Printer Friendly

Demonstratives in Semitic.


Semitic languages employ a wide variety of demonstrative pronouns to express basic deictic categories. These pronouns commonly reflect a bipartite system that distinguishes between near and remote deixis. Most West Semitic languages use a reflex of a basic element *[delta]V: for near deixis in the singular, as, for example, Hebrew ze (ms) < *[delta]i, Biblical Aramaic da(') and Ge'ez za (fs) < *[delta]a, while far deixis is either expressed by a suffix -k or the anaphoric pronoun, as in BA dek (ms) and Ge'ez zeku (ms) < *[delta]ik(u), Hebrew hu(') and Old South Arabian h' / hw' (3ms anaphoric pronoun). (1) WS near demonstratives in the plural are most commonly construed around a base 'Vl(lV), as in Hebrew 'elle, Old Aramaic 'l, BA 'elle and 'el, while far deixis is, again, expressed by suffixed -k or the respective anaphoric pronoun. Akkadian, the only East Semitic language for which we have sufficient evidence for the deictic system, differs from most classical WS languages in that it only uses one base for all forms of the pronoun expressing near deixis and a second base for far deixis, both of which are fully declined for gender, number, and case. Neither the pronoun for near nor that for far deixis in Akkadian reflects the common WS demonstrative base *[delta]V:.

In addition to these basic demonstratives, Semitic languages have a variety of elements that can be affixed to the pronouns, such as * ha, *n and *l(V), as in Classical Arabic ha[delta]a (ms), [delta]alika (ms far deixis), BA dna (ms), and JPA haden (ms). (2) The affixation of such elements can even lead to the loss of the original demonstrative base, as in Syriac hana (ms), JPA han (ms), which must be derived from original * hadena. (3)

The great variety of elements that can be affixed to each base in individual Semitic languages has led to the reconstruction of a large number of 'demonstratives,' which are only rarely distinguished with regard to function and syntactic context. The absence of a detailed functional analysis is primarily the result of the assumed derivation of these morphemes. Traditional studies of Semitic demonstratives--most of which come from the early twentieth century--derive demonstrative elements from interjections, such as ha and han, which are considered independent elements and, more importantly, share the same basic interjective function. (4)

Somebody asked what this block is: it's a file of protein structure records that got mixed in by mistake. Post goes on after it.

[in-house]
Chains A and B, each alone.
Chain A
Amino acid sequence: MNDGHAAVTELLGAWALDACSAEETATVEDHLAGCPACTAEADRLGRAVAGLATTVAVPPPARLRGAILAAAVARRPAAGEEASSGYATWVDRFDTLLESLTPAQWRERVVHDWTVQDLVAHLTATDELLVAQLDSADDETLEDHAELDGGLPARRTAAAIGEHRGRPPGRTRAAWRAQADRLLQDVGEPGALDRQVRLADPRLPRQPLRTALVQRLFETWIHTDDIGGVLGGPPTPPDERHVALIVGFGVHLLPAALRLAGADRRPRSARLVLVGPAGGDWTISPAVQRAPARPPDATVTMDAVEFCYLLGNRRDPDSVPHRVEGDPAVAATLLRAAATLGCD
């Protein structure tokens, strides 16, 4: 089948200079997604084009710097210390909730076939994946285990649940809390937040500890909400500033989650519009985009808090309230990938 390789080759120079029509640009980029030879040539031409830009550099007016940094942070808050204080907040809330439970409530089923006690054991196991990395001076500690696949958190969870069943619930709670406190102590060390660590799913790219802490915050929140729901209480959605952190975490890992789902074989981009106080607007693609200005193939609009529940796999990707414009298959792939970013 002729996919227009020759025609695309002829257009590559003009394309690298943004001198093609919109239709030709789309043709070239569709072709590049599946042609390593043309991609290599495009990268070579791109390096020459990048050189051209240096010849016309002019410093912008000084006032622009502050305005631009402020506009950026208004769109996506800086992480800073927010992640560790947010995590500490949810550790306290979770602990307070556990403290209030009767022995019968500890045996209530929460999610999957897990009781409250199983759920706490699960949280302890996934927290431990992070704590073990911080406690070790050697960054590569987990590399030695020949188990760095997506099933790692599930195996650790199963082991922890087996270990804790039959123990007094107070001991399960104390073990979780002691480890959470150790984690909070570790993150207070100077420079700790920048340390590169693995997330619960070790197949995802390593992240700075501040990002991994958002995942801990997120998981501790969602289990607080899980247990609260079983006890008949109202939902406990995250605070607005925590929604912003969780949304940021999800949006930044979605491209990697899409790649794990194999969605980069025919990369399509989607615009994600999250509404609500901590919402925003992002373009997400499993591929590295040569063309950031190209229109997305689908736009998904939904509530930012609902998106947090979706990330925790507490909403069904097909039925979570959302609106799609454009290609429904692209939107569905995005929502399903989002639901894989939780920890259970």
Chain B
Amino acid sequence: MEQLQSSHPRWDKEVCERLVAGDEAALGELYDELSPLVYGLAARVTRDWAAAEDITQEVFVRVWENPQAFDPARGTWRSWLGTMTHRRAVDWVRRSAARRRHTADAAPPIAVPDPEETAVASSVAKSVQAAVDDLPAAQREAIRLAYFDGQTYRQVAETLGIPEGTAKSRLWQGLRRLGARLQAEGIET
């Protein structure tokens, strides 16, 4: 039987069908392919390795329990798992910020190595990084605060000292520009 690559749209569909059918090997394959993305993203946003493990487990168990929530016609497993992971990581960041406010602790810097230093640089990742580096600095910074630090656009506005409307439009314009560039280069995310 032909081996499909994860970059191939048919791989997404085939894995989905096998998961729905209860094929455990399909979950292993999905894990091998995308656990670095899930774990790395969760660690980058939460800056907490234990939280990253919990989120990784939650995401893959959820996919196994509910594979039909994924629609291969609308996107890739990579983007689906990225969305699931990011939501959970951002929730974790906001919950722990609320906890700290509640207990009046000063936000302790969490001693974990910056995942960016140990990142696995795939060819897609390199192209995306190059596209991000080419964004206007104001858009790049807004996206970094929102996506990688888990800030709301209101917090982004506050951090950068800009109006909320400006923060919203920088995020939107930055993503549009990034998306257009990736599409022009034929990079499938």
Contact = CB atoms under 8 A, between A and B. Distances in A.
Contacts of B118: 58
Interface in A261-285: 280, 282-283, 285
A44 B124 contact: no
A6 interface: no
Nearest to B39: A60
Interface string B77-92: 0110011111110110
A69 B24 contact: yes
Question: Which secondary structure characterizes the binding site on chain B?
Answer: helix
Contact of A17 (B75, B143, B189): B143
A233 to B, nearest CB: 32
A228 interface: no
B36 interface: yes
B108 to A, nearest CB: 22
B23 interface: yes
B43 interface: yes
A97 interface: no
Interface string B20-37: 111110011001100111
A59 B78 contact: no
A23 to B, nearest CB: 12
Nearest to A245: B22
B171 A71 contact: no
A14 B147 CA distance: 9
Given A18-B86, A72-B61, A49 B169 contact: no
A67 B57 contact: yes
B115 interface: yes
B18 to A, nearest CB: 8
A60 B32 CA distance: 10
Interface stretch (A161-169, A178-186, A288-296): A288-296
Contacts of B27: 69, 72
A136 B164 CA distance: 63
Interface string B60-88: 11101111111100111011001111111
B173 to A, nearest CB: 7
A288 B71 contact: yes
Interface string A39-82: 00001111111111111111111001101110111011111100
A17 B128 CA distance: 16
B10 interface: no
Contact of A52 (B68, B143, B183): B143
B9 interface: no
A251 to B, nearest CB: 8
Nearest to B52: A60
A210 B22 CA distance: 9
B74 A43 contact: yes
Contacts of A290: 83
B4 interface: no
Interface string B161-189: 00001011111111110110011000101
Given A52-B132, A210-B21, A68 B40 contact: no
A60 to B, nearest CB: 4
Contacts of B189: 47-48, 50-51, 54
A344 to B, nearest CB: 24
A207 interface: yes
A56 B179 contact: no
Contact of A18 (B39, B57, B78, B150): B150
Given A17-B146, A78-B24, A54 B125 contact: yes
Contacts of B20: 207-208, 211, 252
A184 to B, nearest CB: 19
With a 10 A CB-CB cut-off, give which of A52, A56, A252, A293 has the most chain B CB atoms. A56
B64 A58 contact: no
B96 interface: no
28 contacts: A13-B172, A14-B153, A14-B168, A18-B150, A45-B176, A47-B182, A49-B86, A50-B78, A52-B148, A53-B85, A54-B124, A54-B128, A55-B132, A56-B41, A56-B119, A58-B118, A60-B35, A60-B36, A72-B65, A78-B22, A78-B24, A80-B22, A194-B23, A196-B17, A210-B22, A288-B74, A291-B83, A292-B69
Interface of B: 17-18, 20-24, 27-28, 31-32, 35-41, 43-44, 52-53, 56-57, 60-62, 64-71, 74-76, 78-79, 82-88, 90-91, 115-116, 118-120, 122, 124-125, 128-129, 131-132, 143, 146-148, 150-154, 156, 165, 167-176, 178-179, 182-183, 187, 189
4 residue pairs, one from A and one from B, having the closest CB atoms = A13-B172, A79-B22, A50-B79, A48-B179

The most important of these early-twentieth century studies of demonstrative pronouns were undertaken by Barth in 1907 and 1913. Barth assumed that there existed several demonstrative bases--representing 'real' demonstratives--such as annu, z (d), and hahu with the respective plural 'ullu, and a variety of particles that were used to strengthen deixis, including ha, 'a, hei / hai, la, n, tu, ti, and ka. (5) Most of these strengthening elements are considered PS and are, as mentioned above, derived from particles functioning as interjections attested in individual Semitic languages. Only a few of these elements are thought to be secondary derivations. The element 'a, for example, which has the same distribution and function as ha, is derived from ha. (6) Furthermore, Barth assumes that the demonstrative *hai developed into *ai in some languages on the basis of modern Arabic dialects such as Syrian-Arabic haida (ms), haidi (fs), and Aramaic forms such as the expression 'ydy w'ydy 'this and that' attested in the Babylonian Talmud and demonstratives of the shape 'ydk Paydek/. (7) The base *hai itself is considered PS. The reconstruction of this element for PS is doubtful, however, since in those modern Arabic dialects that have hay, this element is secondarily derived from the commonly used demonstrative base ha- and the feminine ending -i, resulting in ha-y. The original feminine form was then extended to the masculine. (8) A similar development underlies the forms in Aramaic, where hay is used for the fem. in various dialects, such as JPA and Syriac, which then was reanalyzed as a general demonstrative base.

The element la is found in Hebrew hallaze and Arabic relative pronouns of the type 'alla[delta]i. According to Barth, la sometimes dissimilated to li, resulting in forms such as [delta]alika (ms). (9) On comparative grounds, it is more likely that *li is the original vocalization of this particle (see section IV below), while la is secondarily derived, perhaps from a combination of li and *ha([+ or -]n). The element n, including its biform -na, is reflected in forms such as Ge'ez zentu (ms) and Aramaic 'illen (cp) and dna (ms). (10) Both n and li will be discussed in more detail below.

Furthermore, Barth suggested that there existed an original demonstrative containing /t/--tu for the masc, ti for the fem., and ta as neuter--that is reflected in Ge'ez zentu (ms), Arabic tilka (fs), and Hebrew zo(')t (fs). (11) Other scholars have connected this /t/ to the fem. ending, not to an original demonstrative element. (12) Although it is true that some AA languages make use of demonstratives with an element /t/, it is disputable whether the /t/ found in Semitic languages reflects an original demonstrative. (13) In Ge'ez, the /t/ of the demonstrative pronouns, which also have biforms without -tu/-ti, is most likely taken from the independent pronouns we'etu (3ms) and ye'eti (3fs). The /t/ in these pronouns represents an original oblique form originally marked by t-insertion, which is also known from other Semitic languages. (14) In other languages, demonstratives with /t/ are primarily used for the fern., as in Hebrew, OSA, Arabic, and Old Aramaic, and should therefore be interpreted as reflecting the fern. ending -t. There is, consequently, no convincing evidence for a reconstruction of a PS demonstrative element *t(V).